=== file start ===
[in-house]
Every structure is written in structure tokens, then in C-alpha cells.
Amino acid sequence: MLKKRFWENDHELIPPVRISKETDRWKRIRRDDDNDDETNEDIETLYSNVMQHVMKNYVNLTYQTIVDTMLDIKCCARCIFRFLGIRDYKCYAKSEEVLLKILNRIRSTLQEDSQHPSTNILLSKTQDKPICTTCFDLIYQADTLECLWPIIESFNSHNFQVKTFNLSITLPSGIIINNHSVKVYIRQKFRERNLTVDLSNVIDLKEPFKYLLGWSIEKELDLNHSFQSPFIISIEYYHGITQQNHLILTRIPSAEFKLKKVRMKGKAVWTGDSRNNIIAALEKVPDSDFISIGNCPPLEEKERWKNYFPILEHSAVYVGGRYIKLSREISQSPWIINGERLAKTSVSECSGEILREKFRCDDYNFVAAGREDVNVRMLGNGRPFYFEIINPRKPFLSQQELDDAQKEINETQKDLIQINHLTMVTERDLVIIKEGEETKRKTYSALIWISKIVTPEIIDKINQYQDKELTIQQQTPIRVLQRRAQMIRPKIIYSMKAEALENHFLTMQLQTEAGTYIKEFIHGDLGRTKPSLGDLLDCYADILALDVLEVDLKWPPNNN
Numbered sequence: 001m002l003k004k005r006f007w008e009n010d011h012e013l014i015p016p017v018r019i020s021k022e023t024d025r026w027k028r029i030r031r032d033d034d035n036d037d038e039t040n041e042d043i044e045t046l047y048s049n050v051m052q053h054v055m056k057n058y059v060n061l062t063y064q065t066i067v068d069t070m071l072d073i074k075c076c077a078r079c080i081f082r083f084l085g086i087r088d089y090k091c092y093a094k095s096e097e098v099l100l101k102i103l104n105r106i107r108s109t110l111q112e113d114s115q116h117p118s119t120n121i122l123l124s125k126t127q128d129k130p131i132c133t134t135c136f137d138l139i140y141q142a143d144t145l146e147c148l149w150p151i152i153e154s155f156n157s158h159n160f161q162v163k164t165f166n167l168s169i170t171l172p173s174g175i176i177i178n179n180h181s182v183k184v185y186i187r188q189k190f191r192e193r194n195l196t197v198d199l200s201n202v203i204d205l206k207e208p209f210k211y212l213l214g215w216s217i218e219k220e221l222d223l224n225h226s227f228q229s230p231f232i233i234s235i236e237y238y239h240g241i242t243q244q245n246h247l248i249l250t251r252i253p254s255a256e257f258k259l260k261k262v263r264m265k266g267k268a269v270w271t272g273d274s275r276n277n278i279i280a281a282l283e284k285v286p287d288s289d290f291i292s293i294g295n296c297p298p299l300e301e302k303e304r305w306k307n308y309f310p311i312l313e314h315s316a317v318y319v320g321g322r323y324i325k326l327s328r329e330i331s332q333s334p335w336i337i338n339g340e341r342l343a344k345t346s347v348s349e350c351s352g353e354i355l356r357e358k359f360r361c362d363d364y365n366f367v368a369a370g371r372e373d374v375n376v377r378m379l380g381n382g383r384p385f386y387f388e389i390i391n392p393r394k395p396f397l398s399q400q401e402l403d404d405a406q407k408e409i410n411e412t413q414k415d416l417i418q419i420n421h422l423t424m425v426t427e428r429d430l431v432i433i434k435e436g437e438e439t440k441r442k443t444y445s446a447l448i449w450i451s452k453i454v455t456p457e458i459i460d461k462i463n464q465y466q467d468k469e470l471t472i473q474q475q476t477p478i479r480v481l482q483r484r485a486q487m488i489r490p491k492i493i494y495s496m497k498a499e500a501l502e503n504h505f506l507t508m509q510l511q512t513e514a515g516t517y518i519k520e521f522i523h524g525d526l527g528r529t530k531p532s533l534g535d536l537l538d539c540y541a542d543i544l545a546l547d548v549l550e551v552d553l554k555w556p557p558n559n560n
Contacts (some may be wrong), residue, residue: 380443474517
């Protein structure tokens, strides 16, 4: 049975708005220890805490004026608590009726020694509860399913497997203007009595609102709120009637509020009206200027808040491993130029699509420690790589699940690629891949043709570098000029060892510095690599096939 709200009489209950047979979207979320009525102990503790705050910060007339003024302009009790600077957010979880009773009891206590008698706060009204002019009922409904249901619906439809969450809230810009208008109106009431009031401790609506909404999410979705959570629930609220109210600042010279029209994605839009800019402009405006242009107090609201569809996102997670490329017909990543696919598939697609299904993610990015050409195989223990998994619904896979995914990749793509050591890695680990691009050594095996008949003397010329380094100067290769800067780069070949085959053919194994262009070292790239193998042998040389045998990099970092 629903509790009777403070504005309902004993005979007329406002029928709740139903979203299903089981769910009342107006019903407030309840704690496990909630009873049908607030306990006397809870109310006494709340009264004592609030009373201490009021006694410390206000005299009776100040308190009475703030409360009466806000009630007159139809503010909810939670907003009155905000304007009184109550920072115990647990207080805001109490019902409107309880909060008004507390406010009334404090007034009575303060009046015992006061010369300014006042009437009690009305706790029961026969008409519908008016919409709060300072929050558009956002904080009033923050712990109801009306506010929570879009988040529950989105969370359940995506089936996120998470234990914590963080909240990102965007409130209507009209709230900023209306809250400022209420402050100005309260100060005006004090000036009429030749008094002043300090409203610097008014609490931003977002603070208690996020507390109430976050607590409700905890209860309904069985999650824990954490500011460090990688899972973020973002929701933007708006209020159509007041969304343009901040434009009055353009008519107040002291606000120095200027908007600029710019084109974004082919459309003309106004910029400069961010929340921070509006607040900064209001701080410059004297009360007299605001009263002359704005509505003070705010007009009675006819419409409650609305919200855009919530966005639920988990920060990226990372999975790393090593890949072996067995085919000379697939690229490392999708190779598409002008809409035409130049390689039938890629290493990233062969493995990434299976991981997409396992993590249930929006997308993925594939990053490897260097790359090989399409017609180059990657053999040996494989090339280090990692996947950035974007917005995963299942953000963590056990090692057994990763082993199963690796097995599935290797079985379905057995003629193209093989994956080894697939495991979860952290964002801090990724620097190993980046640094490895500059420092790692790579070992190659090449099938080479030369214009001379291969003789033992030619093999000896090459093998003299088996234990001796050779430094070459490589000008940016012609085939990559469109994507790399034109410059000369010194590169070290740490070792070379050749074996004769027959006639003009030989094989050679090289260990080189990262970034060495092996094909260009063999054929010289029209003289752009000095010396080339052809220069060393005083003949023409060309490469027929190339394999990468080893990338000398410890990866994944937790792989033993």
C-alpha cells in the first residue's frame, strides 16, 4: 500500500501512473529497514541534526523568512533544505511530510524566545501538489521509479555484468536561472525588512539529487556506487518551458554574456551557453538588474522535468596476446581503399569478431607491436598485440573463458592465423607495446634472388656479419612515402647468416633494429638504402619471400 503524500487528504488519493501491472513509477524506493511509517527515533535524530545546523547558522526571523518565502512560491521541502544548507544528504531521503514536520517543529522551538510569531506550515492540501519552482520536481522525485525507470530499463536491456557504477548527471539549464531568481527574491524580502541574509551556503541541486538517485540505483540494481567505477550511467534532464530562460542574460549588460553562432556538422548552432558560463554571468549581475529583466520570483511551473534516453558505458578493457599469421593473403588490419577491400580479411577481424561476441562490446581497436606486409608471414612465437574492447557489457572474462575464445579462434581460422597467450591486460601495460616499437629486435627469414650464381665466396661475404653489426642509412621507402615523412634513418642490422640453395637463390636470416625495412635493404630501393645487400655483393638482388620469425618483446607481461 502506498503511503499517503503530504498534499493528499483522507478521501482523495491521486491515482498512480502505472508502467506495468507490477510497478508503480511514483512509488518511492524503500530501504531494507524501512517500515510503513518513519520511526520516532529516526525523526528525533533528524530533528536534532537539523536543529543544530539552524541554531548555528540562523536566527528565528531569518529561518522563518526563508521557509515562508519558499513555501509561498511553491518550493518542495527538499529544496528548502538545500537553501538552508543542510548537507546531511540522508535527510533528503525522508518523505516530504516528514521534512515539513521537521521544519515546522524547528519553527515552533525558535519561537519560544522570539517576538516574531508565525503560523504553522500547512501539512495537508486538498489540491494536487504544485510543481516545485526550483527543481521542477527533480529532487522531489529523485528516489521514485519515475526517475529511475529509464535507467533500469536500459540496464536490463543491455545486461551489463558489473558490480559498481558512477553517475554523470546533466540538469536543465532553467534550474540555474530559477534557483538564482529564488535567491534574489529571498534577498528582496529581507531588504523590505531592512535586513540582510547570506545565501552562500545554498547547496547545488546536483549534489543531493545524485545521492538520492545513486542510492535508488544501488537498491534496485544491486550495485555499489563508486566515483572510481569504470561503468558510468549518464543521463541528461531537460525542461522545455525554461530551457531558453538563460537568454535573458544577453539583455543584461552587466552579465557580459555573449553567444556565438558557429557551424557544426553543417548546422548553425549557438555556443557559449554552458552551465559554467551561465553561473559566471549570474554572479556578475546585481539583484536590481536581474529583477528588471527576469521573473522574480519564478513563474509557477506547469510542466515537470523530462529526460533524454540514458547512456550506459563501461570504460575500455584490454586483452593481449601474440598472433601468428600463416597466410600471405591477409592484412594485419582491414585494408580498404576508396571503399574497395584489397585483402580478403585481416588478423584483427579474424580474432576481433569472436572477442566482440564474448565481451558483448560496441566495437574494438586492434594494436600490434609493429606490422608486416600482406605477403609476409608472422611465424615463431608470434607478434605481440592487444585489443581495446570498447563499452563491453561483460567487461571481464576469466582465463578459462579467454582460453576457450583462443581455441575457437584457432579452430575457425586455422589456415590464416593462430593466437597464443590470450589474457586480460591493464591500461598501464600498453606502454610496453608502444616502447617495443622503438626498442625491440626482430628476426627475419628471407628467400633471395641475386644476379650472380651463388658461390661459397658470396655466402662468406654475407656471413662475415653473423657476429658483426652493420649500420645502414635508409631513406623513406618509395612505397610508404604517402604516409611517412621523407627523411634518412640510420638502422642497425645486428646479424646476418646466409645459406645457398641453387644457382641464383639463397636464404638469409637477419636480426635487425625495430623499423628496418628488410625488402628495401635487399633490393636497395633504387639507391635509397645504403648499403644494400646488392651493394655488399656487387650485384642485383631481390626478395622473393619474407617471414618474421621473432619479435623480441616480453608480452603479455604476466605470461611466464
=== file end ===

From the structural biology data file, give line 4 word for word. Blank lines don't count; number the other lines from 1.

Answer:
Numbered sequence: 001m002l003k004k005r006f007w008e009n010d011h012e013l014i015p016p017v018r019i020s021k022e023t024d025r026w027k028r029i030r031r032d033d034d035n036d037d038e039t040n041e042d043i044e045t046l047y048s049n050v051m052q053h054v055m056k057n058y059v060n061l062t063y064q065t066i067v068d069t070m071l072d073i074k075c076c077a078r079c080i081f082r083f084l085g086i087r088d089y090k091c092y093a094k095s096e097e098v099l100l101k102i103l104n105r106i107r108s109t110l111q112e113d114s115q116h117p118s119t120n121i122l123l124s125k126t127q128d129k130p131i132c133t134t135c136f137d138l139i140y141q142a143d144t145l146e147c148l149w150p151i152i153e154s155f156n157s158h159n160f161q162v163k164t165f166n167l168s169i170t171l172p173s174g175i176i177i178n179n180h181s182v183k184v185y186i187r188q189k190f191r192e193r194n195l196t197v198d199l200s201n202v203i204d205l206k207e208p209f210k211y212l213l214g215w216s217i218e219k220e221l222d223l224n225h226s227f228q229s230p231f232i233i234s235i236e237y238y239h240g241i242t243q244q245n246h247l248i249l250t251r252i253p254s255a256e257f258k259l260k261k262v263r264m265k266g267k268a269v270w271t272g273d274s275r276n277n278i279i280a281a282l283e284k285v286p287d288s289d290f291i292s293i294g295n296c297p298p299l300e301e302k303e304r305w306k307n308y309f310p311i312l313e314h315s316a317v318y319v320g321g322r323y324i325k326l327s328r329e330i331s332q333s334p335w336i337i338n339g340e341r342l343a344k345t346s347v348s349e350c351s352g353e354i355l356r357e358k359f360r361c362d363d364y365n366f367v368a369a370g371r372e373d374v375n376v377r378m379l380g381n382g383r384p385f386y387f388e389i390i391n392p393r394k395p396f397l398s399q400q401e402l403d404d405a406q407k408e409i410n411e412t413q414k415d416l417i418q419i420n421h422l423t424m425v426t427e428r429d430l431v432i433i434k435e436g437e438e439t440k441r442k443t444y445s446a447l448i449w450i451s452k453i454v455t456p457e458i459i460d461k462i463n464q465y466q467d468k469e470l471t472i473q474q475q476t477p478i479r480v481l482q483r484r485a486q487m488i489r490p491k492i493i494y495s496m497k498a499e500a501l502e503n504h505f506l507t508m509q510l511q512t513e514a515g516t517y518i519k520e521f522i523h524g525d526l527g528r529t530k531p532s533l534g535d536l537l538d539c540y541a542d543i544l545a546l547d548v549l550e551v552d553l554k555w556p557p558n559n560n